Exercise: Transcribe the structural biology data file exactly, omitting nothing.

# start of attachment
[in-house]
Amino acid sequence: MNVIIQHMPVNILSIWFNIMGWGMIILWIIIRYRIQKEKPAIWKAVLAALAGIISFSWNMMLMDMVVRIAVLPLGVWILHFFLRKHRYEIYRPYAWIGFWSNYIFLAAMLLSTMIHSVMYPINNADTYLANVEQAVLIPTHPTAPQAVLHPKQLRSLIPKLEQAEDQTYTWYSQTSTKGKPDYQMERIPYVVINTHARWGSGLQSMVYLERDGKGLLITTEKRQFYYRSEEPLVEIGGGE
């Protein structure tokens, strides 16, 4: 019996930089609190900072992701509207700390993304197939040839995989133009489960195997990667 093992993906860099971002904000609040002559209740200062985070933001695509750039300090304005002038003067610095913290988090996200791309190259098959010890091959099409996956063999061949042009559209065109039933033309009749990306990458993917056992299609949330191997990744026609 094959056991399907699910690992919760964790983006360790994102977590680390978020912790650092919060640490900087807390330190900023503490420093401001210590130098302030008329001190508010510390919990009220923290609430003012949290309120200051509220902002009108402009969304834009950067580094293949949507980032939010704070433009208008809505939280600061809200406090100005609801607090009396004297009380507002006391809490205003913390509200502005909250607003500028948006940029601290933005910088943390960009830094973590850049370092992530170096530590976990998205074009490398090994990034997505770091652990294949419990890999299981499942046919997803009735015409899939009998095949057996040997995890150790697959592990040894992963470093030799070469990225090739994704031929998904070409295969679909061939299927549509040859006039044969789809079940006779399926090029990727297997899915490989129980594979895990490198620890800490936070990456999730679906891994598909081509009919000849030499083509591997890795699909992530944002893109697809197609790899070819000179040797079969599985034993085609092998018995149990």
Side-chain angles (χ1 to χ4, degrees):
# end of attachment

[in-house]
Amino acid sequence: MNVIIQHMPVNILSIWFNIMGWGMIILWIIIRYRIQKEKPAIWKAVLAALAGIISFSWNMMLMDMVVRIAVLPLGVWILHFFLRKHRYEIYRPYAWIGFWSNYIFLAAMLLSTMIHSVMYPINNADTYLANVEQAVLIPTHPTAPQAVLHPKQLRSLIPKLEQAEDQTYTWYSQTSTKGKPDYQMERIPYVVINTHARWGSGLQSMVYLERDGKGLLITTEKRQFYYRSEEPLVEIGGGE
């Protein structure tokens, strides 16, 4: 019996930089609190900072992701509207700390993304197939040839995989133009489960195997990667 093992993906860099971002904000609040002559209740200062985070933001695509750039300090304005002038003067610095913290988090996200791309190259098959010890091959099409996956063999061949042009559209065109039933033309009749990306990458993917056992299609949330191997990744026609 094959056991399907699910690992919760964790983006360790994102977590680390978020912790650092919060640490900087807390330190900023503490420093401001210590130098302030008329001190508010510390919990009220923290609430003012949290309120200051509220902002009108402009969304834009950067580094293949949507980032939010704070433009208008809505939280600061809200406090100005609801607090009396004297009380507002006391809490205003913390509200502005909250607003500028948006940029601290933005910088943390960009830094973590850049370092992530170096530590976990998205074009490398090994990034997505770091652990294949419990890999299981499942046919997803009735015409899939009998095949057996040997995890150790697959592990040894992963470093030799070469990225090739994704031929998904070409295969679909061939299927549509040859006039044969789809079940006779399926090029990727297997899915490989129980594979895990490198620890800490936070990456999730679906891994598909081509009919000849030499083509591997890795699909992530944002893109697809197609790899070819000179040797079969599985034993085609092998018995149990």
Side-chain angles (χ1 to χ4, degrees):